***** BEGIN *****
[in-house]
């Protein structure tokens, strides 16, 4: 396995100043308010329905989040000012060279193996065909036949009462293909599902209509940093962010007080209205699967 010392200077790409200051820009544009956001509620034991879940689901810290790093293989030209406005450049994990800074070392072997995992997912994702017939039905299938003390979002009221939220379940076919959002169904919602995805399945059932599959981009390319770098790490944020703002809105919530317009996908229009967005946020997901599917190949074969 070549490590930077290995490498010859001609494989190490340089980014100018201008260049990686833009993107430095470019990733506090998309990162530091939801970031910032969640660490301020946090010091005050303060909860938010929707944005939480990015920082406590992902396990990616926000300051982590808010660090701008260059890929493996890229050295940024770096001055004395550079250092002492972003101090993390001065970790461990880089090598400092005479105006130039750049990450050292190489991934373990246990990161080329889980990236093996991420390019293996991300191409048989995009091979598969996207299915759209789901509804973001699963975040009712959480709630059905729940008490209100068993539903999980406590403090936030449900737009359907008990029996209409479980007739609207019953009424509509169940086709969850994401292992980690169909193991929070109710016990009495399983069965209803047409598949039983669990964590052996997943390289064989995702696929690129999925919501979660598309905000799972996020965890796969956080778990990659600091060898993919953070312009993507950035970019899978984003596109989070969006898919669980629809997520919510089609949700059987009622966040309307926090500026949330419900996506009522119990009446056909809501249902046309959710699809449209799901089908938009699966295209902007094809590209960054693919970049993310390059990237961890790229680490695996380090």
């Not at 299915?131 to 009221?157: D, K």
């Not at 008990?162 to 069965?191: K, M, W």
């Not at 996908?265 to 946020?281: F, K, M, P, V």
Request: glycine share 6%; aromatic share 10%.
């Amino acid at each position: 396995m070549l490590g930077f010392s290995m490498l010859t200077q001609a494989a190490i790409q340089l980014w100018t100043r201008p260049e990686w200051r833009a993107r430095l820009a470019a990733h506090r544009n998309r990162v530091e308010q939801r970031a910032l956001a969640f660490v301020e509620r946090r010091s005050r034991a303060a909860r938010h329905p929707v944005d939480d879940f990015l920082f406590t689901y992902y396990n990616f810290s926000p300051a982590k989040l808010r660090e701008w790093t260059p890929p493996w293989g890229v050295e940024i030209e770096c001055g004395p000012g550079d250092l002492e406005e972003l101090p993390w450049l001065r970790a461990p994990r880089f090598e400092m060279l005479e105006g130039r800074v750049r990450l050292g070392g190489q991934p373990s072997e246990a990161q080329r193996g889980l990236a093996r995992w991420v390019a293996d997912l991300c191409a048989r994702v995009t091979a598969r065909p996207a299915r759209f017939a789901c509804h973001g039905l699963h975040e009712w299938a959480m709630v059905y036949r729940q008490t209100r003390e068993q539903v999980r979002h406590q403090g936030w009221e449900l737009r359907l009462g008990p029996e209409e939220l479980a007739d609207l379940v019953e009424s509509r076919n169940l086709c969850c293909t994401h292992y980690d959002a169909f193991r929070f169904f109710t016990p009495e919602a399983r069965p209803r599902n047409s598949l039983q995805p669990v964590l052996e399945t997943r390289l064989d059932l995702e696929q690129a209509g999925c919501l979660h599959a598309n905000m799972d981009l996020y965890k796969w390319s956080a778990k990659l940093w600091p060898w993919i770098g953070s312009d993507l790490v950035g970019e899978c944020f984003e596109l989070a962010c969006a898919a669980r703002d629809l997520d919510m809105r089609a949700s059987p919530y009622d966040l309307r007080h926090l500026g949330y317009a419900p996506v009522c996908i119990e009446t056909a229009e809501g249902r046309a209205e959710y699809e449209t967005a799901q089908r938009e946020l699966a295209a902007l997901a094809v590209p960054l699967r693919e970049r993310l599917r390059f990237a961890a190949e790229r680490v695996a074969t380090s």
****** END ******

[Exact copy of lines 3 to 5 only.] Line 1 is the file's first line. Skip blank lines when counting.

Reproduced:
């Not at 299915?131 to 009221?157: D, K």
């Not at 008990?162 to 069965?191: K, M, W």
């Not at 996908?265 to 946020?281: F, K, M, P, V």